11 DECEMBER 1880, Page 2

President Hayes sent in his final Message to Congress on

December 4th. He congratulates the Union upon its prosperity, an account of which we have given elsewhere, and which is cer- tainly marvellous ; advises that negro suffrage should be made real by Federal protection ; urges Civil-Service reform on the basis of competition, and appointments by the Executive with- out control of the Senate; and recommends that polygamy should be suppressed in Utah, if necessary by disfranchising the Mormons. He alludes to the Fisheries question with Great Britain, and recognises that the new Government has "shown a disposition towards friendly agreement," by accepting a sort of arbitration in the matter of Fortune Bay, and by arranging for a conference on the general interpre- tation of the fishery clauses of the Treaty of Washington ; and hints that, subject to the neutrality and sovereignty of Columbia over the Isthmus, which is guaranteed by the Union, the Panama Canal project may be carried out without further American opposition. He suggests subventions in aid of direct steam communication with Mexico and South America, and states the revenue of the Union at £66,600,000, and the • expenditure at 253,400,000. Finally, he urges the withdrawal of "the dollar of our fathers" in favour of a dollar worth, as bullion, its equivalent in gold; and endorses a curious proposal, which we do not profess to understand, for making General Grant by statute "Captain-General of the Army." The Message is throughout sensible and calm, though penetrated by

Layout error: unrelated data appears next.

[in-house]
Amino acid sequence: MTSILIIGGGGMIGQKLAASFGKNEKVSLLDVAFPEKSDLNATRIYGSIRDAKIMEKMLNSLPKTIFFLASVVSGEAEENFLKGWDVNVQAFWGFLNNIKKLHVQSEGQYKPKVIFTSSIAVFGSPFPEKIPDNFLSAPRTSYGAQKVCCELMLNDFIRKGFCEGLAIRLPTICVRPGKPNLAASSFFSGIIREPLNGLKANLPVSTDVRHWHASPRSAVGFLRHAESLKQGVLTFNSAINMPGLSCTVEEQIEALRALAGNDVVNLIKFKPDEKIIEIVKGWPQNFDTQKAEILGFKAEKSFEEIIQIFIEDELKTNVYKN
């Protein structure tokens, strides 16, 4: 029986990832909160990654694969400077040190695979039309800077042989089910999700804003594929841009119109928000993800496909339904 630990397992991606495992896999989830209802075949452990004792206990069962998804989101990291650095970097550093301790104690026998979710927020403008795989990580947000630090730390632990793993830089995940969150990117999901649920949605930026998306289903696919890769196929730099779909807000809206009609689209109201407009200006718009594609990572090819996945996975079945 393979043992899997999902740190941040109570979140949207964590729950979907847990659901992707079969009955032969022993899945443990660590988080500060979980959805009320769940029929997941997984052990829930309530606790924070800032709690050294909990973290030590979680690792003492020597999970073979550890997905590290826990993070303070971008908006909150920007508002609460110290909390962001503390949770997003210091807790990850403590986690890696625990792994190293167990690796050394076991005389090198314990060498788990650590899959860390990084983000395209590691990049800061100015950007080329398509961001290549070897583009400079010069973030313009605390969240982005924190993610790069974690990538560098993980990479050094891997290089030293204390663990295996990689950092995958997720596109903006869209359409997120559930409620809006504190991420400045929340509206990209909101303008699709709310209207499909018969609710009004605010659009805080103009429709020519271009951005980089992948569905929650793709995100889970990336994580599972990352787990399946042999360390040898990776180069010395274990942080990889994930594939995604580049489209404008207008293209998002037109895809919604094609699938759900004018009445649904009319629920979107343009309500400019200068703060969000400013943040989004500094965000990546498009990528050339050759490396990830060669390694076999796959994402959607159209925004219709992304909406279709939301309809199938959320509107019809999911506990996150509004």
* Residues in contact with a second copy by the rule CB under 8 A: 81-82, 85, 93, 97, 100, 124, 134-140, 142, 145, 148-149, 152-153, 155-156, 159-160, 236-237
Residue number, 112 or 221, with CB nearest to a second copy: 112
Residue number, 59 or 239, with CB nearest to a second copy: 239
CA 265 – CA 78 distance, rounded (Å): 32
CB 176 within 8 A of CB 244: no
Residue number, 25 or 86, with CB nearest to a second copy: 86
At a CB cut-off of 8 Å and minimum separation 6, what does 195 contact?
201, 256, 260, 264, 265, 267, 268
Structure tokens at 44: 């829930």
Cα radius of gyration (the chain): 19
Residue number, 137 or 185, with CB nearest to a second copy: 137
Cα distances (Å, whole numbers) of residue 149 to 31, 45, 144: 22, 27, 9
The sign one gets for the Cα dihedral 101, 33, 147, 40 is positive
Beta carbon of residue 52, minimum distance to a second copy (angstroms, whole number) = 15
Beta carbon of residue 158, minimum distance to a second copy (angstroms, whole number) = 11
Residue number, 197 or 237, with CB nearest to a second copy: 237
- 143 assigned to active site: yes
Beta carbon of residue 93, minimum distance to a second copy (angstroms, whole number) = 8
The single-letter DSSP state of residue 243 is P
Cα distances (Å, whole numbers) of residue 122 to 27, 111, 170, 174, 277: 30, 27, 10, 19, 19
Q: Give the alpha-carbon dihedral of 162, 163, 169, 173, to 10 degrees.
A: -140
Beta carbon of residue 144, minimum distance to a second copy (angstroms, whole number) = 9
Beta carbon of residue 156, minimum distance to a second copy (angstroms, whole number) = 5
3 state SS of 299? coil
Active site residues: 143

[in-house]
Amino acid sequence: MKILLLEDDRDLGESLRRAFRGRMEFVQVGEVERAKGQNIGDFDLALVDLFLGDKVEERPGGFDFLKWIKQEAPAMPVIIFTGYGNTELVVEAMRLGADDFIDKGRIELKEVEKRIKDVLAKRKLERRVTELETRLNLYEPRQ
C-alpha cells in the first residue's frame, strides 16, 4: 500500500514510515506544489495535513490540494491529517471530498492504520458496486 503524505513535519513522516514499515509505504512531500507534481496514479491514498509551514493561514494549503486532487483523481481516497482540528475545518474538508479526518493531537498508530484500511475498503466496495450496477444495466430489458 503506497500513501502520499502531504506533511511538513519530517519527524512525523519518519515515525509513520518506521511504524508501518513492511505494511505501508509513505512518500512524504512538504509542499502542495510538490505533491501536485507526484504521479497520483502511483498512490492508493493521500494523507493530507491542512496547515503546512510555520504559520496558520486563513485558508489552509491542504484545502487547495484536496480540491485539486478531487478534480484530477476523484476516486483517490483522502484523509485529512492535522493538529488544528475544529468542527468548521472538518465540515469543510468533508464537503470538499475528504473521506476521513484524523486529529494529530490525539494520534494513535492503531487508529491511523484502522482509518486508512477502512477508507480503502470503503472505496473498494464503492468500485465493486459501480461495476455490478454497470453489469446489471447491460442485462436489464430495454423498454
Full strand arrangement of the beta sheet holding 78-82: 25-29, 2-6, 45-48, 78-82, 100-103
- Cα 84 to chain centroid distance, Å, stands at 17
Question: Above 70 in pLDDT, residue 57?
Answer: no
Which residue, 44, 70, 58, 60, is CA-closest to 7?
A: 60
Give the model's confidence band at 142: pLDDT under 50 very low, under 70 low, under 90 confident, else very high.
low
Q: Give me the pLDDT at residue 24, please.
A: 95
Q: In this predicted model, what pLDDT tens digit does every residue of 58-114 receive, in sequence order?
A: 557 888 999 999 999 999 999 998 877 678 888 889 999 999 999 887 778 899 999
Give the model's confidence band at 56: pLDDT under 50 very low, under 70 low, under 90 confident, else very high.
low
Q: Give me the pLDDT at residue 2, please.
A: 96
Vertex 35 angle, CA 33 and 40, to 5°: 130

a certain tone of exultation. Mr. Hayes, it will be remembered, does not quit office till next March.